Tuesday, July 16

I ask myself "does Bobo = Hipster?" and notice that phonetics is really hard.

My puzzle for the morning: Does bobo = hipster? Google answers. Very informative comments. For example,

It’s largely an age and income thing. A Bobo is either a boomer 
or early-wave Xer, and likely to be an upper middle-class 
professional. Hipsters shop at thrift stores; Bobos shop at 
Anthropologie. Le Tigre at Galapagos in Brooklyn is Hipster; 
drinks at the Blue Note is Bobo. Zines are hipster; Utne Reader 
is Bobo. Chunky nerd-frames are Hipster; expensive thin wire-frames 
are Bobo. You can probably fill in the blanks from there.

A Bobo is a yuppie with hippie leanings, as evidenced by the 
‘wheat free-organic flakes’ and such. Think of what you’d 
imagine a techie living in Seattle to be like, and that’s probably 
pretty close to Bobo.

A hipster is that kid who liked obscure brit-pop music in High 
school, and was probably in drama as well. Think geek-chic or 
something to that effect.. They’re the people who dress in clothes 
that look like they’re from thrift stores, but also sort of look 
like they were more expensive than any of your clothes that you 
didn’t buy at a thrift store.

Notice while Bobos are are relatively cohesive subgrouping, hipsters 
come in different shapes and colors. There are mods, krust, electrocrash,
goths, ravers, skaters and such. Funny thing is, at most high schools 
all types of them hang out together like a Superfriends-style team of 
“freaks.” Then they go to art school and segregate.

You could make the case a bobo is a yuppie that has decided use 
their (bourgeois) wealth to adopt bohemian lifestyle traits. Witness 
the emphasis on food, brooks notes that the kitchen, with its wildly 
excessive stainless steel, industrial quality appliances is always 
the center of the bobo home. In short, a bobo is a yuppie who realized 
that an REI fleece beats a Members Only jacket on both the style and 
comfort fronts.

And so on from there. I'm starting to get the idea.

I think maybe I'm a bit of a bobo-wannabe, but can't really afford it. Witness my Armani man-purse, expensive wire-frame glasses, Mephisto walking shoes, and insane crush on Martha Stewart. And I'd love one of those stainless steel kitchens but am unlikely to ever have one. On the other hand, I much prefer the company of hipsters. E.g., I love the left bank and feel out-of-place on the right bank. It's all so very confusing.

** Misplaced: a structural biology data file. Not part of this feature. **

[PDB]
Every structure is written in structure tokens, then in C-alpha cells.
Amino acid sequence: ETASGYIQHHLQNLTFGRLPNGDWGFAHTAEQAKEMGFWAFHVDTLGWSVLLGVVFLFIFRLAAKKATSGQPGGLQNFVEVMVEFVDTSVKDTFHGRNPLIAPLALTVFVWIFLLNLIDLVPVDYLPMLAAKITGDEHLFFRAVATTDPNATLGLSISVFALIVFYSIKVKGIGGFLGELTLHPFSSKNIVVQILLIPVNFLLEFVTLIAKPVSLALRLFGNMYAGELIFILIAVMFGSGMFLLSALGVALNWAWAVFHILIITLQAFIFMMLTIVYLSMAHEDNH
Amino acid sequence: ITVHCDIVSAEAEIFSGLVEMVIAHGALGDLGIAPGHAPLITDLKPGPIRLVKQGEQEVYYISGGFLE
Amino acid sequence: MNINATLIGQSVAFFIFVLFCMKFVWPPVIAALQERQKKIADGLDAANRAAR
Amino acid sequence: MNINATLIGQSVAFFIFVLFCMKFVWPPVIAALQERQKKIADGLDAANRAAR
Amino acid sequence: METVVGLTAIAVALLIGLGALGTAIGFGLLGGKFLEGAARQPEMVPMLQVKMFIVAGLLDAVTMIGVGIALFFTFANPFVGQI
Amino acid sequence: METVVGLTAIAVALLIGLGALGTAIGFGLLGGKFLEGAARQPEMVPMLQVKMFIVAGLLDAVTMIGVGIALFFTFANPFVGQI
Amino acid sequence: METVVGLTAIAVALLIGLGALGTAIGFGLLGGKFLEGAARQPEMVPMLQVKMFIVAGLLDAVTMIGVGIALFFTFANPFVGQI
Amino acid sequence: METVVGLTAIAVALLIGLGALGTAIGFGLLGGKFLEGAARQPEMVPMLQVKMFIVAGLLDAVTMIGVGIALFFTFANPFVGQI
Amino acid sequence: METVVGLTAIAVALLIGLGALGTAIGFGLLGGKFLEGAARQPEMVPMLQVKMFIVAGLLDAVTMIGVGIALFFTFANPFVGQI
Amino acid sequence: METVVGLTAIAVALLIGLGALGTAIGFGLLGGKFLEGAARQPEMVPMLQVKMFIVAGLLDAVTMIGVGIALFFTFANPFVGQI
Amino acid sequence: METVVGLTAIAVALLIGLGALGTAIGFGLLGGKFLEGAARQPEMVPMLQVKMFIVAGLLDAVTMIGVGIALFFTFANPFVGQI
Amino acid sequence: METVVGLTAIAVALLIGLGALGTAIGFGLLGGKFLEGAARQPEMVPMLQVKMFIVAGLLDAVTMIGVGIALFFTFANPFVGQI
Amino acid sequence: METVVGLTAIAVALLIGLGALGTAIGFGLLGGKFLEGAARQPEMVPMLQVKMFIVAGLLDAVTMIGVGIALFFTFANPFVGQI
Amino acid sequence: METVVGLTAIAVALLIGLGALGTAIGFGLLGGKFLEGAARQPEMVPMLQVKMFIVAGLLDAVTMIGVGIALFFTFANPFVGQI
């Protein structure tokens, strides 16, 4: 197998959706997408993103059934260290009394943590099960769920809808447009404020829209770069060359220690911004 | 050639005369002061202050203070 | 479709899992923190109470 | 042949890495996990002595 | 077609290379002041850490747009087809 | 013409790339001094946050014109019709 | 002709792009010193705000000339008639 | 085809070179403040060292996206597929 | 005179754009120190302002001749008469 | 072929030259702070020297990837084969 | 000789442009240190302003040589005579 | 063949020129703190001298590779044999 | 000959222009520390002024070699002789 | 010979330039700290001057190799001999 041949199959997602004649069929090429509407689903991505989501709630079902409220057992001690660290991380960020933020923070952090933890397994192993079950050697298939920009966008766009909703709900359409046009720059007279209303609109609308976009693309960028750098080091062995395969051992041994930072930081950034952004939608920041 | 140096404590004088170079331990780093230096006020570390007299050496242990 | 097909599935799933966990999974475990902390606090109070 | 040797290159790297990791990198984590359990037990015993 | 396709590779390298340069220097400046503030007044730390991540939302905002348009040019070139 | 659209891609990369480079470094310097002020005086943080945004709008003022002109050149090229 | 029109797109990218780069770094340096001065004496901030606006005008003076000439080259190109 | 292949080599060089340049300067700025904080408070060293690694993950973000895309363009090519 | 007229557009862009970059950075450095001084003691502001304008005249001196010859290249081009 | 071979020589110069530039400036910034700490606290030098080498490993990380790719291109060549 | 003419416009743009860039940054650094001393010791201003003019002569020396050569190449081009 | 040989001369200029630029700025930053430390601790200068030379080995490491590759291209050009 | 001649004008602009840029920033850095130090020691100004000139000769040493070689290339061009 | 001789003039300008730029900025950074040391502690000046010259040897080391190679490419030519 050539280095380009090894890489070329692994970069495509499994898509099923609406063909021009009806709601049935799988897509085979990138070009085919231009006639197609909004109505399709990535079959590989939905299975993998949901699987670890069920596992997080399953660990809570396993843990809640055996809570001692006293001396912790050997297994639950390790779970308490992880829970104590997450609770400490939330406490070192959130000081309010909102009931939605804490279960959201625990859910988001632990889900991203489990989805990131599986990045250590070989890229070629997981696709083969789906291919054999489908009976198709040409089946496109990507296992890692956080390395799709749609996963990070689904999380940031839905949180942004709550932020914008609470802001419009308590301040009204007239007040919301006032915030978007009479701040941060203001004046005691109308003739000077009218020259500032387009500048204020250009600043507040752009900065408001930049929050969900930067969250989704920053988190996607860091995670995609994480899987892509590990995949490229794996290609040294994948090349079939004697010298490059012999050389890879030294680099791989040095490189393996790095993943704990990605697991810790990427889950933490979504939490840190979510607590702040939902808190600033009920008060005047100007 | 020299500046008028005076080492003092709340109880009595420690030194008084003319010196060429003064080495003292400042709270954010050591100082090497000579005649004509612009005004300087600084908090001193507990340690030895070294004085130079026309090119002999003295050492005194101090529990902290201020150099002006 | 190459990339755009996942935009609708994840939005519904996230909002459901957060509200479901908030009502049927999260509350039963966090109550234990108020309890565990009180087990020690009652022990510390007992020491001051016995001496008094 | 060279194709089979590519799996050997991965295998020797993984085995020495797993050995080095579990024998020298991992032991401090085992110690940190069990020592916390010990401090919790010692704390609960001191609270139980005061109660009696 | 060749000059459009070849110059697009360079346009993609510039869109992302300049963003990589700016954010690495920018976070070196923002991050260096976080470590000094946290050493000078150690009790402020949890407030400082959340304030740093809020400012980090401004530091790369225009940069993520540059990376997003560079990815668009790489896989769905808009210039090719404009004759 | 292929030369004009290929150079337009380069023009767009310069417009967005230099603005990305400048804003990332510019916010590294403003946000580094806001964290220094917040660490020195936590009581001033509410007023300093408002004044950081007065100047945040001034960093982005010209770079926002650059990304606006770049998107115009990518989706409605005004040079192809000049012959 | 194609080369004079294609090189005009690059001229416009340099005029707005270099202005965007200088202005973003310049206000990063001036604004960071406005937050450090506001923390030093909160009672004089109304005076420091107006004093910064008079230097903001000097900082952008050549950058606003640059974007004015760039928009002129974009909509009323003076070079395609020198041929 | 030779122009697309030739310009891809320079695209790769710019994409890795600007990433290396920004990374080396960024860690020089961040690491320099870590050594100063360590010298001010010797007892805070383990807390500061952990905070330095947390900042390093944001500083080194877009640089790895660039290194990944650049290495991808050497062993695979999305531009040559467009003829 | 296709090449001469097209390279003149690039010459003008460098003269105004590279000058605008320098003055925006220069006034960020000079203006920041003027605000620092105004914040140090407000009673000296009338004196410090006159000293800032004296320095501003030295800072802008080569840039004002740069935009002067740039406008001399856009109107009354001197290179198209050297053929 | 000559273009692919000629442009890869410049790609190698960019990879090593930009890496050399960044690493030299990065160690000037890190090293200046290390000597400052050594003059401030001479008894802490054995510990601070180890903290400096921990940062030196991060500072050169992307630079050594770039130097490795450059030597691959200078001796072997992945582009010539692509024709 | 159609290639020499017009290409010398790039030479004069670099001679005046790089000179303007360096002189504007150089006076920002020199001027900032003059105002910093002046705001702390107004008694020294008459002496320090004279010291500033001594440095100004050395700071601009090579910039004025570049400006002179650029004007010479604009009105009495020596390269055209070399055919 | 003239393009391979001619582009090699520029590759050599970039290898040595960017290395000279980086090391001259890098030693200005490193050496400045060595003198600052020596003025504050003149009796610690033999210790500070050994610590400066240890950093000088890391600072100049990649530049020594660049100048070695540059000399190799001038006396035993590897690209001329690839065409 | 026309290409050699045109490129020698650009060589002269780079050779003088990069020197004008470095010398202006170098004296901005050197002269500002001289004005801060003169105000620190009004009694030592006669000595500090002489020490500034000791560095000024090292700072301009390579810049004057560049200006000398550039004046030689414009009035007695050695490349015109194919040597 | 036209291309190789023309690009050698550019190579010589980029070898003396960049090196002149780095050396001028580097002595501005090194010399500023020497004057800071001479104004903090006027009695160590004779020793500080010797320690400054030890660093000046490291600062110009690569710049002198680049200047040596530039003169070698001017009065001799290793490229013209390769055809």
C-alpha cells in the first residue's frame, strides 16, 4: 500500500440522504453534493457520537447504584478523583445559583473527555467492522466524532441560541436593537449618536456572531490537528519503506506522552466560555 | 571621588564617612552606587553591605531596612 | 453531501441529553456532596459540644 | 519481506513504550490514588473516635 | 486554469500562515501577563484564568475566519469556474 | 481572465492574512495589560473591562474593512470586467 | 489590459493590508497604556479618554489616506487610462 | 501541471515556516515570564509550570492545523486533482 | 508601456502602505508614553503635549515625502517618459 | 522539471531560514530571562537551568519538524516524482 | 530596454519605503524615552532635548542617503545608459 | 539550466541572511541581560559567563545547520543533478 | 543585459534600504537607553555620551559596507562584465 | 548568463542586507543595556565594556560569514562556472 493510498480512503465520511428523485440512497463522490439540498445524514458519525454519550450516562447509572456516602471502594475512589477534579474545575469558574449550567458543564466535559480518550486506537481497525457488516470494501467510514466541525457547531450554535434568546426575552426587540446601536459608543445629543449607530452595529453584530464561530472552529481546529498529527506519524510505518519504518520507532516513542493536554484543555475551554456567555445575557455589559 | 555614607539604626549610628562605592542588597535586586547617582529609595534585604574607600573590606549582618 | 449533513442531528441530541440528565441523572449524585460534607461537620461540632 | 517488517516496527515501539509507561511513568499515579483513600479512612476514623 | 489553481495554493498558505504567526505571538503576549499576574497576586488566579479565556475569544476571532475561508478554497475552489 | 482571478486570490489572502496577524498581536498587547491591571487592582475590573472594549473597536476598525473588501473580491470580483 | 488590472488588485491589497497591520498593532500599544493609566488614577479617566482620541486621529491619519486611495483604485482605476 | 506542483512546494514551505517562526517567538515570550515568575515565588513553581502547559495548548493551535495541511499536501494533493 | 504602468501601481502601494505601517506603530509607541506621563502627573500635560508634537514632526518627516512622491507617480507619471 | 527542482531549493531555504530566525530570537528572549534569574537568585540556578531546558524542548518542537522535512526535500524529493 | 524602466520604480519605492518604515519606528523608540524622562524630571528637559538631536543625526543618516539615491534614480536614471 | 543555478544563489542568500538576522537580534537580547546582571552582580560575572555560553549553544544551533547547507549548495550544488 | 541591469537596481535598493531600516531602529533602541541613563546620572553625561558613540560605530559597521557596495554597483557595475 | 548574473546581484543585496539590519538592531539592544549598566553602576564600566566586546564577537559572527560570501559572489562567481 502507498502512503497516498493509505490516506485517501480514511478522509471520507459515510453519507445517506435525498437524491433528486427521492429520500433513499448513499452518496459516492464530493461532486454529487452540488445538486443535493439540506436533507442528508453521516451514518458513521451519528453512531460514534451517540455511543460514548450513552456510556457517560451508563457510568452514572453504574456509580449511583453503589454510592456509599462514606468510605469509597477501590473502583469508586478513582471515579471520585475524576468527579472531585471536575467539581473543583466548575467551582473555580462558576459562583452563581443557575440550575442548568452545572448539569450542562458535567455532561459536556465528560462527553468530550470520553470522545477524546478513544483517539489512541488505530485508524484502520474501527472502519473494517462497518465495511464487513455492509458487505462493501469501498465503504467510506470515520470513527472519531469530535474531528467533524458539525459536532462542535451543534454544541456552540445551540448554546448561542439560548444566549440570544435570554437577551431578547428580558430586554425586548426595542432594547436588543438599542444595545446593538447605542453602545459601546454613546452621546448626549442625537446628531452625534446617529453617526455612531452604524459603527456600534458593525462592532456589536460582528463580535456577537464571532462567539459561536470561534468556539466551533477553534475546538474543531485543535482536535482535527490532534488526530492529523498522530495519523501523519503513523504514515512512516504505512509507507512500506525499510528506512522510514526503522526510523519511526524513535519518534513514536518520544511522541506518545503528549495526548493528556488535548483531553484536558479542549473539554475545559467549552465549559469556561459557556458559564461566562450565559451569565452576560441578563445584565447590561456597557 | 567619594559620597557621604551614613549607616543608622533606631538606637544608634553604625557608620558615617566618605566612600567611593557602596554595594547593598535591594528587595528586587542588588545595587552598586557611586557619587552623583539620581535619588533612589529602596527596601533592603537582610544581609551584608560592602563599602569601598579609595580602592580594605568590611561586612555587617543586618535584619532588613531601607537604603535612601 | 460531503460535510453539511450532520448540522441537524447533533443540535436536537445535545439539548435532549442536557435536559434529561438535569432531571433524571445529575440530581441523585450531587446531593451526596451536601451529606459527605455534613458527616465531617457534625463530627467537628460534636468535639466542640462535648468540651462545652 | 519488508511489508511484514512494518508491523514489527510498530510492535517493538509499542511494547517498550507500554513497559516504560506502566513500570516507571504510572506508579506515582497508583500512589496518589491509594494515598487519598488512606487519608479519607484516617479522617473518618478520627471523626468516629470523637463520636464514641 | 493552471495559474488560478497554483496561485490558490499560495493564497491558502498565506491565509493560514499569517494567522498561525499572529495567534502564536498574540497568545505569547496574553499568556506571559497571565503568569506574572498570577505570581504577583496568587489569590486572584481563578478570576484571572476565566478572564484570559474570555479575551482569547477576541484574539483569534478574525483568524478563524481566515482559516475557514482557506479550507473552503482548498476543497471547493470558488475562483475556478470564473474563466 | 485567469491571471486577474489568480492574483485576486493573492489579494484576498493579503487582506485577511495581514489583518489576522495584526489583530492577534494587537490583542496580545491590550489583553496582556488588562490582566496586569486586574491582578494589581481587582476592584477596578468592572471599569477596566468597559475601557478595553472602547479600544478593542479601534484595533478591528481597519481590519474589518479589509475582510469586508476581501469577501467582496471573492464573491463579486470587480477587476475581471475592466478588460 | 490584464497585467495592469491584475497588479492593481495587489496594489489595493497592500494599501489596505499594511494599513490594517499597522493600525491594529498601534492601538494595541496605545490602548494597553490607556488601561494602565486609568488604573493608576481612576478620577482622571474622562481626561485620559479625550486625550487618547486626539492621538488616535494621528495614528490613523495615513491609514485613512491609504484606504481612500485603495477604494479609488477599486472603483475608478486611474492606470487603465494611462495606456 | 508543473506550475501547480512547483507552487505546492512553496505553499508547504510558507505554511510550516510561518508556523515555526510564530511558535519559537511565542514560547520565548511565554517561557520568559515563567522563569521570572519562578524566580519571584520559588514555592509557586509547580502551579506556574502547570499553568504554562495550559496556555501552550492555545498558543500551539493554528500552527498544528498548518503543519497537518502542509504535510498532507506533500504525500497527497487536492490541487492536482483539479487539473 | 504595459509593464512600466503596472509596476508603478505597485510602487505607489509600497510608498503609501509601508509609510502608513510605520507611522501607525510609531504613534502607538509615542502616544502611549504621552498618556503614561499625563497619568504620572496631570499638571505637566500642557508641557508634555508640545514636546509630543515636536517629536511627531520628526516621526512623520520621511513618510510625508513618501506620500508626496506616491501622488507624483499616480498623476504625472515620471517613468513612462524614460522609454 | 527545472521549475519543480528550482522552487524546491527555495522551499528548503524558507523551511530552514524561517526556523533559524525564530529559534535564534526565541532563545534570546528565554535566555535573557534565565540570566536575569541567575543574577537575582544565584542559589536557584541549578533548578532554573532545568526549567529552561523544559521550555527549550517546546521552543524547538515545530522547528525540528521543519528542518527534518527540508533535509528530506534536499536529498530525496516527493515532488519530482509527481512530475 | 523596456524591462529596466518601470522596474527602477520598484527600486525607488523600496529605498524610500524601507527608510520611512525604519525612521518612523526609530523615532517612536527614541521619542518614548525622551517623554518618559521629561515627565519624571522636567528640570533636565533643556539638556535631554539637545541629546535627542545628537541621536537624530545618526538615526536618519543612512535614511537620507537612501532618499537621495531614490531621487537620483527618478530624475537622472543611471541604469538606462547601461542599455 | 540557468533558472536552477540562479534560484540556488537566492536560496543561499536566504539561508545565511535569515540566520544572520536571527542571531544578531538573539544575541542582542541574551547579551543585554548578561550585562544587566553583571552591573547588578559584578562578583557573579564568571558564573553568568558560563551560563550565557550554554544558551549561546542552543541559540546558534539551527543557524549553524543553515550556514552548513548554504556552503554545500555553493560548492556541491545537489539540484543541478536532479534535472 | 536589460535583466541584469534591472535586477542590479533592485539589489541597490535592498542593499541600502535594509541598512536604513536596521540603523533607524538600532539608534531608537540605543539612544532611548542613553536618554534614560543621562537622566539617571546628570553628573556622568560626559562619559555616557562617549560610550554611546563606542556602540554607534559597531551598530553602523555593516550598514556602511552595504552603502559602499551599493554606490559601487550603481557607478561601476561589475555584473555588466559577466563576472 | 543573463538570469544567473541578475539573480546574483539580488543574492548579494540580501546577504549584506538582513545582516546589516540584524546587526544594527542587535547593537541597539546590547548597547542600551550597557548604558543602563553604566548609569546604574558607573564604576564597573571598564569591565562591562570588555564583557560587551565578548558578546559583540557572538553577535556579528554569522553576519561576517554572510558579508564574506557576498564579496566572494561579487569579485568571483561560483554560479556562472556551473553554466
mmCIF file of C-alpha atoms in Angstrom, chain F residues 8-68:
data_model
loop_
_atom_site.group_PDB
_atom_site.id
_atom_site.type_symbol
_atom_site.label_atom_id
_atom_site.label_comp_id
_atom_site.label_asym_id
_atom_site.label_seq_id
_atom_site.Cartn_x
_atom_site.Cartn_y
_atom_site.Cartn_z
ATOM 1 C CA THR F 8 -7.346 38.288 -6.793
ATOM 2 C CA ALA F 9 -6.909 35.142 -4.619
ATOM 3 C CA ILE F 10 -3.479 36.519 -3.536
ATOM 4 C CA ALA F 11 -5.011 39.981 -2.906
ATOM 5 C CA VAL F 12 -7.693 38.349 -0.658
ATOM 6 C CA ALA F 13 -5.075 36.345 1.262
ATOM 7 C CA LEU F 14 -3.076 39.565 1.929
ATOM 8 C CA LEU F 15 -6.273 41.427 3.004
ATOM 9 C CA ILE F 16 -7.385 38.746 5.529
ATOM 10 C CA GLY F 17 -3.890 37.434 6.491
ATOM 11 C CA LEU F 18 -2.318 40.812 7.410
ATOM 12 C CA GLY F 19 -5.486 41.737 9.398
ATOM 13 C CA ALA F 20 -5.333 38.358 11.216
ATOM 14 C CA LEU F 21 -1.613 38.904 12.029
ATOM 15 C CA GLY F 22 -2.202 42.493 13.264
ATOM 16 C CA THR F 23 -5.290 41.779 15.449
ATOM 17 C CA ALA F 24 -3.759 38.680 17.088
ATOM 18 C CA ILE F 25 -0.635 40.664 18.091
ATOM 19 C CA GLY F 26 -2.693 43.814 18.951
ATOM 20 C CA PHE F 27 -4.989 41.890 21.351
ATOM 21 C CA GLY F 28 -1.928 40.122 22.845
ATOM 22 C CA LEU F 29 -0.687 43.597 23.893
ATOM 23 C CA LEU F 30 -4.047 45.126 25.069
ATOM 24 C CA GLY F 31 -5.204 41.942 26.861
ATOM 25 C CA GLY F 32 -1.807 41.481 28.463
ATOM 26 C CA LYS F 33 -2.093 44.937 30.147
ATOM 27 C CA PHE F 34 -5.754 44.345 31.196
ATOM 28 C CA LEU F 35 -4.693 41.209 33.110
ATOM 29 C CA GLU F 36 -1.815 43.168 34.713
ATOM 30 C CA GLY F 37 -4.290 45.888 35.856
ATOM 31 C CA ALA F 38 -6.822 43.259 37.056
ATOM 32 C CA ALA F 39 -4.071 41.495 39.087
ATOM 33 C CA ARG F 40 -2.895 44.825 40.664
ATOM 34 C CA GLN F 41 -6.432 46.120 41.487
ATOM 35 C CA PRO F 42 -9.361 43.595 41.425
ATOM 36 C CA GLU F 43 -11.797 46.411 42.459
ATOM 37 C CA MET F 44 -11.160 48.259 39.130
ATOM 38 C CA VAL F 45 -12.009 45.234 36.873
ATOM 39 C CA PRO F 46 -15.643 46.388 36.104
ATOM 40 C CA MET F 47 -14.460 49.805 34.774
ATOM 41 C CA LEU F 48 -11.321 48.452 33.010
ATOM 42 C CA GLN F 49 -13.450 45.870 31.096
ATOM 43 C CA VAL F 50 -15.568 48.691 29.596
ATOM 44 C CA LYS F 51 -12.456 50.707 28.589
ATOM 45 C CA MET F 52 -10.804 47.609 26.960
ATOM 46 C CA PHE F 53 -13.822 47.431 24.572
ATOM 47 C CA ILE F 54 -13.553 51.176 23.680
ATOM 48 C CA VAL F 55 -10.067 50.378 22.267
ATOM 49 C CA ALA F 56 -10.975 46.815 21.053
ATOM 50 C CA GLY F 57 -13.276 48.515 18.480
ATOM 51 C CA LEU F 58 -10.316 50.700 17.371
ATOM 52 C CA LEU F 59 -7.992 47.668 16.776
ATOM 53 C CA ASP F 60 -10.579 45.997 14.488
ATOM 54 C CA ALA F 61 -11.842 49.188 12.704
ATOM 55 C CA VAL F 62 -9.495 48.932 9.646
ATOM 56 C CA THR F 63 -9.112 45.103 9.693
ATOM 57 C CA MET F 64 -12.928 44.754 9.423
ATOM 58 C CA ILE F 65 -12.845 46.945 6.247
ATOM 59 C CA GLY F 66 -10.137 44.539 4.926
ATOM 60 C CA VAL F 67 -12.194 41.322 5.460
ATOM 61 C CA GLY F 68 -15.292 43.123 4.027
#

I should take a poll. Are you ...
1. A bobo.
2. A hipster.
3. A hipster, but I'll be a bobo when I have the money (or I would be a bobo if I had the money, either one).
4. F**k you, I don't give a damn.
5. Too old and tired to answer.
6. A boobster – One who ponders excessively about whether someone is a bobo or a hipster because they are neither, but want to be.

Cute T-shirt in shop:

FBI
Fort Beau Intelligent

(Strong Handsome Intelligent)

Cute restaurant name on rue Mouffetard:

Le Mouf'tôt Le Mouf'tard

(The Mouf early, The Mouf late)

Eating Poulet Roti (roast chicken). No point in picture, same as at home.

I've been asked how people dress here. Depends on the neighborhood. Where I live it's very much everyday dress. Maybe the jeans are on average a bit nicer and a bit more tailored, and if the t-shirt has a slogan or ad, it's not too loud or outrageous. On the right bank and over in the 6th and 7th you see nicer clothes on average. But there's lots of variations. Cute little summer dresses in this weather are popular on the young women. In my class everyone dresses pretty much the same way that slightly cleaner students dress back home. Office workers are better dressed on work days like this of course. But even here you often see stunning outfits on women.

Summary: Yes, jeans and clean t-shirt fine. No, most people are not dressed up - they look normal. But huge variation from bank to bank and quartier to quartier.

Phonetics is so hard. One example from yesterday.

Je ne peux pas venir tout de suite

Pronounced:

jen_peu_pav_nir_tout_suit

We get 20 of these examples every day, diagramed as in the picture above.

I like how "tout de suite" is pronounced "tout_suit", but the second t actually comes from the "d" of "de". When the liaison is formed between "tou" and "d" the "d" becomes a /t/ sound. The final letters of all three words, "t", "e", and "e" are silent to start with.